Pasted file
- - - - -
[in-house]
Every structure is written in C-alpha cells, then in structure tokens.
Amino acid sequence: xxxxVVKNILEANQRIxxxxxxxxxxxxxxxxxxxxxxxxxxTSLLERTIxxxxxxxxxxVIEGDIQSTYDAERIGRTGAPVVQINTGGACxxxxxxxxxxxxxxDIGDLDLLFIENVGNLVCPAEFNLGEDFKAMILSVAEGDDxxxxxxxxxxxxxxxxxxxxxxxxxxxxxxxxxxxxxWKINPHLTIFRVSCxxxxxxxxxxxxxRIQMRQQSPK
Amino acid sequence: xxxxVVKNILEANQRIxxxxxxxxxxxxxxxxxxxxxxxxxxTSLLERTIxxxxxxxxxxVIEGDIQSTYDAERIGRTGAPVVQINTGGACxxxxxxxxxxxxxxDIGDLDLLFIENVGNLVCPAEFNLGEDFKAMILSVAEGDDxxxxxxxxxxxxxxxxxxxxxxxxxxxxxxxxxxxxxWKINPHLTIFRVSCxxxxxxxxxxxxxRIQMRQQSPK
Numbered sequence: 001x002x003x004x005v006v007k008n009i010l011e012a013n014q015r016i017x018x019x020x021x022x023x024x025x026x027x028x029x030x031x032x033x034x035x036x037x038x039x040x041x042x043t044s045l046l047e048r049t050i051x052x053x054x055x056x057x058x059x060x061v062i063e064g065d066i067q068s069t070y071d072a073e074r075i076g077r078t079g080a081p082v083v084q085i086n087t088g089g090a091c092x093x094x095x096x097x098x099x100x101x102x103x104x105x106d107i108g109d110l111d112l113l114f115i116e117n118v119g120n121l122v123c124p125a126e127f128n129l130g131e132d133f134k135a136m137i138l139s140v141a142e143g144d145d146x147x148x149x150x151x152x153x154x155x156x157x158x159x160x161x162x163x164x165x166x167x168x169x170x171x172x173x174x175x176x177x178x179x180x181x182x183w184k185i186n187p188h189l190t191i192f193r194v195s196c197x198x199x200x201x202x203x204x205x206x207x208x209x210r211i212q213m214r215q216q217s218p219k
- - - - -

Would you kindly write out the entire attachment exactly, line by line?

[in-house]
Every structure is written in C-alpha cells, then in structure tokens.
Amino acid sequence: xxxxVVKNILEANQRIxxxxxxxxxxxxxxxxxxxxxxxxxxTSLLERTIxxxxxxxxxxVIEGDIQSTYDAERIGRTGAPVVQINTGGACxxxxxxxxxxxxxxDIGDLDLLFIENVGNLVCPAEFNLGEDFKAMILSVAEGDDxxxxxxxxxxxxxxxxxxxxxxxxxxxxxxxxxxxxxWKINPHLTIFRVSCxxxxxxxxxxxxxRIQMRQQSPK
Amino acid sequence: xxxxVVKNILEANQRIxxxxxxxxxxxxxxxxxxxxxxxxxxTSLLERTIxxxxxxxxxxVIEGDIQSTYDAERIGRTGAPVVQINTGGACxxxxxxxxxxxxxxDIGDLDLLFIENVGNLVCPAEFNLGEDFKAMILSVAEGDDxxxxxxxxxxxxxxxxxxxxxxxxxxxxxxxxxxxxxWKINPHLTIFRVSCxxxxxxxxxxxxxRIQMRQQSPK
Numbered sequence: 001x002x003x004x005v006v007k008n009i010l011e012a013n014q015r016i017x018x019x020x021x022x023x024x025x026x027x028x029x030x031x032x033x034x035x036x037x038x039x040x041x042x043t044s045l046l047e048r049t050i051x052x053x054x055x056x057x058x059x060x061v062i063e064g065d066i067q068s069t070y071d072a073e074r075i076g077r078t079g080a081p082v083v084q085i086n087t088g089g090a091c092x093x094x095x096x097x098x099x100x101x102x103x104x105x106d107i108g109d110l111d112l113l114f115i116e117n118v119g120n121l122v123c124p125a126e127f128n129l130g131e132d133f134k135a136m137i138l139s140v141a142e143g144d145d146x147x148x149x150x151x152x153x154x155x156x157x158x159x160x161x162x163x164x165x166x167x168x169x170x171x172x173x174x175x176x177x178x179x180x181x182x183w184k185i186n187p188h189l190t191i192f193r194v195s196c197x198x199x200x201x202x203x204x205x206x207x208x209x210r211i212q213m214r215q216q217s218p219k